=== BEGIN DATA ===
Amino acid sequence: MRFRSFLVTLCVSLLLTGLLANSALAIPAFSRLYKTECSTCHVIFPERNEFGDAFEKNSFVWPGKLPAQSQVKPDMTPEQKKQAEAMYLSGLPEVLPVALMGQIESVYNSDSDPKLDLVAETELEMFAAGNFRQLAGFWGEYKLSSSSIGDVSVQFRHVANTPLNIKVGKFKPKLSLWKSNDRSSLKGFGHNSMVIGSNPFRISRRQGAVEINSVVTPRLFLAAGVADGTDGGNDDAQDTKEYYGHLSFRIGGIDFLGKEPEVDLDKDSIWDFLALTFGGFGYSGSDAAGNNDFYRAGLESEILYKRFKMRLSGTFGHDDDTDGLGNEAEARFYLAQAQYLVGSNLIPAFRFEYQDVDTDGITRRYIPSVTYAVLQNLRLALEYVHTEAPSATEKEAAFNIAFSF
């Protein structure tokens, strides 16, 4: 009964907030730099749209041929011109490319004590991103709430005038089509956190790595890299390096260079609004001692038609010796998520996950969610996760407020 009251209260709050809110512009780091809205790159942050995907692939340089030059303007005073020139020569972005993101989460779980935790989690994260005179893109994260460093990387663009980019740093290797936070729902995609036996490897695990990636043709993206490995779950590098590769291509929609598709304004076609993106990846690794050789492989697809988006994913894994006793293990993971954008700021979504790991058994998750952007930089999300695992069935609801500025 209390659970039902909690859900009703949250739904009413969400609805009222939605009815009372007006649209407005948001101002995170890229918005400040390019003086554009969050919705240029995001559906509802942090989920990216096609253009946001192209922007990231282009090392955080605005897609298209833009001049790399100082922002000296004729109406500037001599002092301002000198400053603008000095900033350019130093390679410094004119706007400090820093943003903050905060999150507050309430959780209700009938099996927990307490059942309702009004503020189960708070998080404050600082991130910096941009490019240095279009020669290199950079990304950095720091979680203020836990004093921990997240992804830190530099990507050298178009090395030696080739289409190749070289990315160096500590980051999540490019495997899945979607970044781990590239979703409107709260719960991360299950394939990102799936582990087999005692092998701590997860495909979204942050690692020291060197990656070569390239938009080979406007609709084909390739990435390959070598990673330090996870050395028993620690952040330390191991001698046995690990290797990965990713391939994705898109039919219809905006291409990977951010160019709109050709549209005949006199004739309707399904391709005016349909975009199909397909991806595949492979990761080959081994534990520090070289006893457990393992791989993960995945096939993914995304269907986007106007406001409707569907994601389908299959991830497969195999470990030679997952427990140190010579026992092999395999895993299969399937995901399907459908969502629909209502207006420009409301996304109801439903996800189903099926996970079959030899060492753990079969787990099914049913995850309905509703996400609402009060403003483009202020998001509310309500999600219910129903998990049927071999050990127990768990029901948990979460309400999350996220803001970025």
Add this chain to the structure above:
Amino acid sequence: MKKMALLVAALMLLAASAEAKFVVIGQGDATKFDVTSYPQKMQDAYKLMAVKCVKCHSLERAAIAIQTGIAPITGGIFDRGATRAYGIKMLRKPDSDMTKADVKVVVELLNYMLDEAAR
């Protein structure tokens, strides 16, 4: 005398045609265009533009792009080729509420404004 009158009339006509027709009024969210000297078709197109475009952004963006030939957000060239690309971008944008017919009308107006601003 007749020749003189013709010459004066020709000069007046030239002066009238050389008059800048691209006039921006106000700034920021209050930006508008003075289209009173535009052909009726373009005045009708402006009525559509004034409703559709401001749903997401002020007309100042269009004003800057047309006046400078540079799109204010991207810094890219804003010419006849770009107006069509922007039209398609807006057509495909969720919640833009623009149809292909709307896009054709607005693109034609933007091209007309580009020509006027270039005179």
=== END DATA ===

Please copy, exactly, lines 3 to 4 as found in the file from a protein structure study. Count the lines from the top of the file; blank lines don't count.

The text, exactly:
Add this chain to the structure above:
Amino acid sequence: MKKMALLVAALMLLAASAEAKFVVIGQGDATKFDVTSYPQKMQDAYKLMAVKCVKCHSLERAAIAIQTGIAPITGGIFDRGATRAYGIKMLRKPDSDMTKADVKVVVELLNYMLDEAAR